Therefore, in order to elucidate the possible role of nut consumption in the primary prevention of ED, we explored using a randomized controlled trial (RCT), the effects of nuts supplementation on erectile function determined by the International Index of Erectile Function, but also the endothelial function by measuring peripheral concentrations of NO and E-selectin.
In the FERTINUTS trial, we assessed 244 subjects for eligibility. Of these, 57 subjects declined to participate and 68 did not meet the inclusion criteria. Thus, 119 participants were included in the trial and were randomly assigned to one of the two intervention groups: 61 in the nuts group and 58 in the control group. A total 98 participants successfully completed the study, and finally, 83 participants were included in this secondary analysis (those subjects who fulfilled the International Index of Erectile Function questionnaire): 43 in the nuts supplemented group and 40 in the control group (Figure 1
Baseline characteristics (age, weight, height, BMI, waist circumference, systolic and diastolic blood pressure, fasting glucose, serum total cholesterol, HDL cholesterol, LDL cholesterol, VLDL cholesterol, triglycerides, insulin, C-reactive protein and folate, and main sperm parameters) are detailed in Table 1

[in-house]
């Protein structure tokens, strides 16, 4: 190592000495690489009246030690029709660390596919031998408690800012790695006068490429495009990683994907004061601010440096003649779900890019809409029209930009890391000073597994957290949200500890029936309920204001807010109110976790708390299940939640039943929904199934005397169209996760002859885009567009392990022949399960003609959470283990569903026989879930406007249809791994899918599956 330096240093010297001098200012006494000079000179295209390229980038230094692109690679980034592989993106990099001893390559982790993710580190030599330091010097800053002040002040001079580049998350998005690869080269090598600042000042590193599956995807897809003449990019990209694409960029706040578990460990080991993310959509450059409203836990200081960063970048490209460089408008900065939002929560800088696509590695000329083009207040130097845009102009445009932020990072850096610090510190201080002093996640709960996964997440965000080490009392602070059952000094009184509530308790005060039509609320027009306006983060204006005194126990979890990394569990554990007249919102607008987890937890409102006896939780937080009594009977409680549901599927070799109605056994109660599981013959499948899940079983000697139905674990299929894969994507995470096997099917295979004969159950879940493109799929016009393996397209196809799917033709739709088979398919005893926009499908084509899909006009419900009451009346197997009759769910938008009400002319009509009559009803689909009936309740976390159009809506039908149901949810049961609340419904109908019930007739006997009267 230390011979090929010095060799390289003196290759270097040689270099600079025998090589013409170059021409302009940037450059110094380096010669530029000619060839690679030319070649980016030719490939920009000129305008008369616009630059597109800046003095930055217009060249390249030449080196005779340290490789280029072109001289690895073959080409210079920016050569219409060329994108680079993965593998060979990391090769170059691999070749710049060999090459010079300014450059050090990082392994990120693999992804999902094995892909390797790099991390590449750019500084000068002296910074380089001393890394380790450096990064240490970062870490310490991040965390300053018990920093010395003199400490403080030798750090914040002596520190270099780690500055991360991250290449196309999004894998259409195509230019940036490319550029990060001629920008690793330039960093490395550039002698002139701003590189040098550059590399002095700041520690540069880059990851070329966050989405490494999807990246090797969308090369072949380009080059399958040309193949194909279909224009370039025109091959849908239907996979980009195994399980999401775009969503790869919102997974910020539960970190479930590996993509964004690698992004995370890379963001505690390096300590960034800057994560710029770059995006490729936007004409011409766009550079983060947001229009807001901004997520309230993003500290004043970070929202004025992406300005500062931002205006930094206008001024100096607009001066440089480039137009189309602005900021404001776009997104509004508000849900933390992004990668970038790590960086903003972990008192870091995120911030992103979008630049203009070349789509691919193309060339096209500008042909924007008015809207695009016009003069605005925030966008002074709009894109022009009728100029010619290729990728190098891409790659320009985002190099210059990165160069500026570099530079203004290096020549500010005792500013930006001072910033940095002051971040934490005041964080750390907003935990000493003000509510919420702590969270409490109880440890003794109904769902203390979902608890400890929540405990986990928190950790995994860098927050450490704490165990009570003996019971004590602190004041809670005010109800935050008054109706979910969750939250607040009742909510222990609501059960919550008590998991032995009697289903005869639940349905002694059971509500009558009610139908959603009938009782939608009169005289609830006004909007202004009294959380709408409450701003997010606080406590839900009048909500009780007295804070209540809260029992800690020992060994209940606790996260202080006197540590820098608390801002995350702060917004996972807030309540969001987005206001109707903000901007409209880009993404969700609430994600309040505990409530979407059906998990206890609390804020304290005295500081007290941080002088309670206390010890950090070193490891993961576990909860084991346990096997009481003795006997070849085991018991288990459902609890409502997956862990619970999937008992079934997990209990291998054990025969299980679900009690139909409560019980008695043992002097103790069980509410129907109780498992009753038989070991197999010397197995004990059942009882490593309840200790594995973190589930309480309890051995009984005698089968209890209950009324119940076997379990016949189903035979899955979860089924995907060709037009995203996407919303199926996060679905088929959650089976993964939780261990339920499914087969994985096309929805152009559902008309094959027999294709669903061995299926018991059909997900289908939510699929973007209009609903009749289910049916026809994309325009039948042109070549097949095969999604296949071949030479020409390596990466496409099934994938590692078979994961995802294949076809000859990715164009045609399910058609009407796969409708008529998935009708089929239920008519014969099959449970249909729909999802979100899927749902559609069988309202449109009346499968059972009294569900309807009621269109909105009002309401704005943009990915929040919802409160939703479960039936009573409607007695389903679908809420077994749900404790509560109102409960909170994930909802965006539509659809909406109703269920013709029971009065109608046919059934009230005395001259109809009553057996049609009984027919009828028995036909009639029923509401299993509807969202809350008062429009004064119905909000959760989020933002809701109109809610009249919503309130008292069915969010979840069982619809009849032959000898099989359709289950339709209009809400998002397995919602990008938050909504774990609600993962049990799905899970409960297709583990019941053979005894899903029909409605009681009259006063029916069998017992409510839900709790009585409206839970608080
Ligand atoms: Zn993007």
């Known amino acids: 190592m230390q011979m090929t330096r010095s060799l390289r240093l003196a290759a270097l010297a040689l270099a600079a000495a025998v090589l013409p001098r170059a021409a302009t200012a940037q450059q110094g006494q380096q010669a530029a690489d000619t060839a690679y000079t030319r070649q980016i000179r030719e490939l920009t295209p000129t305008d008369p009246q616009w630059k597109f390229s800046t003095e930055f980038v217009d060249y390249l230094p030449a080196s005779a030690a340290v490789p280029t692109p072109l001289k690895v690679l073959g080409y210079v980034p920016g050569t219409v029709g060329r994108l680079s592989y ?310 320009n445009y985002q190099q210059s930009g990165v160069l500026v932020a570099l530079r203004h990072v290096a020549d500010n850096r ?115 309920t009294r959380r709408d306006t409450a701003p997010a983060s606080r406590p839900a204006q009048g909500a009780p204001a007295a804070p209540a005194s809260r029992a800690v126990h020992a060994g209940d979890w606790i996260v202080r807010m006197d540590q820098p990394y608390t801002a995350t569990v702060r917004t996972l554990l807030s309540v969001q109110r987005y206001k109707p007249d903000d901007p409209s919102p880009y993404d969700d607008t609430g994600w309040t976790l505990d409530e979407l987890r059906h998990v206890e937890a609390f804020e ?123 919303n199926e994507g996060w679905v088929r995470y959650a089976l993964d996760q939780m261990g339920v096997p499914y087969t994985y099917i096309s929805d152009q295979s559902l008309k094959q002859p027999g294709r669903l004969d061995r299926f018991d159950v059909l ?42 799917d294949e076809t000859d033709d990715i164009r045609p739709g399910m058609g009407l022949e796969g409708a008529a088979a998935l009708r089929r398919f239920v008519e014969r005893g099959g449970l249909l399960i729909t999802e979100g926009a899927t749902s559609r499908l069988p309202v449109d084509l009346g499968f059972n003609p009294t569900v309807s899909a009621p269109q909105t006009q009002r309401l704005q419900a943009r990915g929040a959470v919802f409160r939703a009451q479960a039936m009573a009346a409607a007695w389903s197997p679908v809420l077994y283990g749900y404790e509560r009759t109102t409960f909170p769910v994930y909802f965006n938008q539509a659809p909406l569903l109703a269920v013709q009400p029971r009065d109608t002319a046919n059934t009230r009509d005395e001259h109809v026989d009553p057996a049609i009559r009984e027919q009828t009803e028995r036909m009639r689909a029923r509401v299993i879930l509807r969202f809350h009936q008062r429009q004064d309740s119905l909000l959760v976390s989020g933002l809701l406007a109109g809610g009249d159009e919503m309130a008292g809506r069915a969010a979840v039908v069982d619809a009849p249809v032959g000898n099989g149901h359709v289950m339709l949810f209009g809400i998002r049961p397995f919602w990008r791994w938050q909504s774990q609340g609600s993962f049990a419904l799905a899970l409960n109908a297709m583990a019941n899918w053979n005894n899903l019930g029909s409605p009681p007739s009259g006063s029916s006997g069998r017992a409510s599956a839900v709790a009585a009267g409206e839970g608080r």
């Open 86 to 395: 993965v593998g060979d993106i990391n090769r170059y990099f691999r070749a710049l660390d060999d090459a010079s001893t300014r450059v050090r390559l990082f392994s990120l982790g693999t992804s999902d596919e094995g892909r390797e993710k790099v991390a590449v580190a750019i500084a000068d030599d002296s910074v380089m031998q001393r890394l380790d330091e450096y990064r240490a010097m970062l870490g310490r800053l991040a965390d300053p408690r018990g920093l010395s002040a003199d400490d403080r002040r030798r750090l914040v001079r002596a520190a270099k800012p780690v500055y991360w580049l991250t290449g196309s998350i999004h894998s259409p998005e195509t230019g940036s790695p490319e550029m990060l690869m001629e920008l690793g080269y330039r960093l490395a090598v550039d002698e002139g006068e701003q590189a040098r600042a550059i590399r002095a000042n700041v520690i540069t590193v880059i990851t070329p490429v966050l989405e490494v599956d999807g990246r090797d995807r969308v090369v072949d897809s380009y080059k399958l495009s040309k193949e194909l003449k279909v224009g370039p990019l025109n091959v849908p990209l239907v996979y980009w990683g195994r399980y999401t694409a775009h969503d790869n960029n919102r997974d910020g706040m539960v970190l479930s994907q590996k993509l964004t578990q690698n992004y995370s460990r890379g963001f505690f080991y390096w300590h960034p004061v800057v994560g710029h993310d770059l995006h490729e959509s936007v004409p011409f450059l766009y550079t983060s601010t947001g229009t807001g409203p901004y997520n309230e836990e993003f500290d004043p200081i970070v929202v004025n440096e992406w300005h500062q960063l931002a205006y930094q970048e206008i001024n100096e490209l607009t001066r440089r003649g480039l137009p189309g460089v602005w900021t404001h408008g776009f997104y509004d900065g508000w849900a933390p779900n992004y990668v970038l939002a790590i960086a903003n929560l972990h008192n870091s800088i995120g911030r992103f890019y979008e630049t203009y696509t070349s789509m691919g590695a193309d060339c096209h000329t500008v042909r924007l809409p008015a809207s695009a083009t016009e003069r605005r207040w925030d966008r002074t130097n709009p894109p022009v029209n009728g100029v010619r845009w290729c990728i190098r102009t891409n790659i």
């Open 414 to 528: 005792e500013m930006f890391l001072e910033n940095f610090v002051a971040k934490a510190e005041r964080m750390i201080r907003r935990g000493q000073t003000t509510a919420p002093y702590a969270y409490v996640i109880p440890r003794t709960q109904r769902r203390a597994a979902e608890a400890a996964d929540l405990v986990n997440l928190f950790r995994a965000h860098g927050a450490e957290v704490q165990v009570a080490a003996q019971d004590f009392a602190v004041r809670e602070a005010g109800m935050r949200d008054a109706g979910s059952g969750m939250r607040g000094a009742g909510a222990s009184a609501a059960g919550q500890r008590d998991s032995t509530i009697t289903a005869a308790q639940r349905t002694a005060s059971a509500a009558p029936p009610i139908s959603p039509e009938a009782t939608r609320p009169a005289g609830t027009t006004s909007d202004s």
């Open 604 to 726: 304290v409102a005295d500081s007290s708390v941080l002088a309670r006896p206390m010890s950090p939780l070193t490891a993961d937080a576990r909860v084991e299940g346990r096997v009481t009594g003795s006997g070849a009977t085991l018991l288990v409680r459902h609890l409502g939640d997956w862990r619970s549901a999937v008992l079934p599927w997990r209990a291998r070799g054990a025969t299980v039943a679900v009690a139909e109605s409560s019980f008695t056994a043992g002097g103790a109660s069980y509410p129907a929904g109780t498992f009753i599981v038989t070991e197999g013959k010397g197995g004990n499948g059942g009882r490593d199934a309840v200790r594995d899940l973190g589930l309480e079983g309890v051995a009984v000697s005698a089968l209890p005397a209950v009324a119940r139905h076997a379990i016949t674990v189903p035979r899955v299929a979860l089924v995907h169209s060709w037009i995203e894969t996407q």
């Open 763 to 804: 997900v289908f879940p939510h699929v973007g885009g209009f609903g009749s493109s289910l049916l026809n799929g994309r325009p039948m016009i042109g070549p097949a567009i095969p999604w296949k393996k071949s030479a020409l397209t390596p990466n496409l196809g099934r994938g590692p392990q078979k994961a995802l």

. No significant differences were observed in these baseline parameters agreeing to the sequence of randomization. Participants in the two groups reported similar adherence to the Western-style diet at baseline according to the 15-item dietary screener.
Compliance with the intervention, as assessed by counting the empty sachets of nuts returned by the participants, was high (>95% of empty sachets returned). According to the 3DDR data, significant between-group differences in nut intake was shown through the study. This was associated with an increase in the intake total fat (p
-value < 0.001), MUFA (p
-value<0.001), PUFA (p
-value < 0.001), magnesium (p
-value < 0.001), vitamin E (p
-value = 0.014), omega-3 fatty acids (p
-value < 0.001), α-Linolenic acid (ALA) (p
-value < 0.001), and omega-6 fatty acids (p
-value = 0.016) in the nut-supplemented group. The intake of energy (p
-value = 0.029) and fiber (p
-value = 0.002) experienced a smaller decrease in the nut-supplemented group compared with the control group (Table 2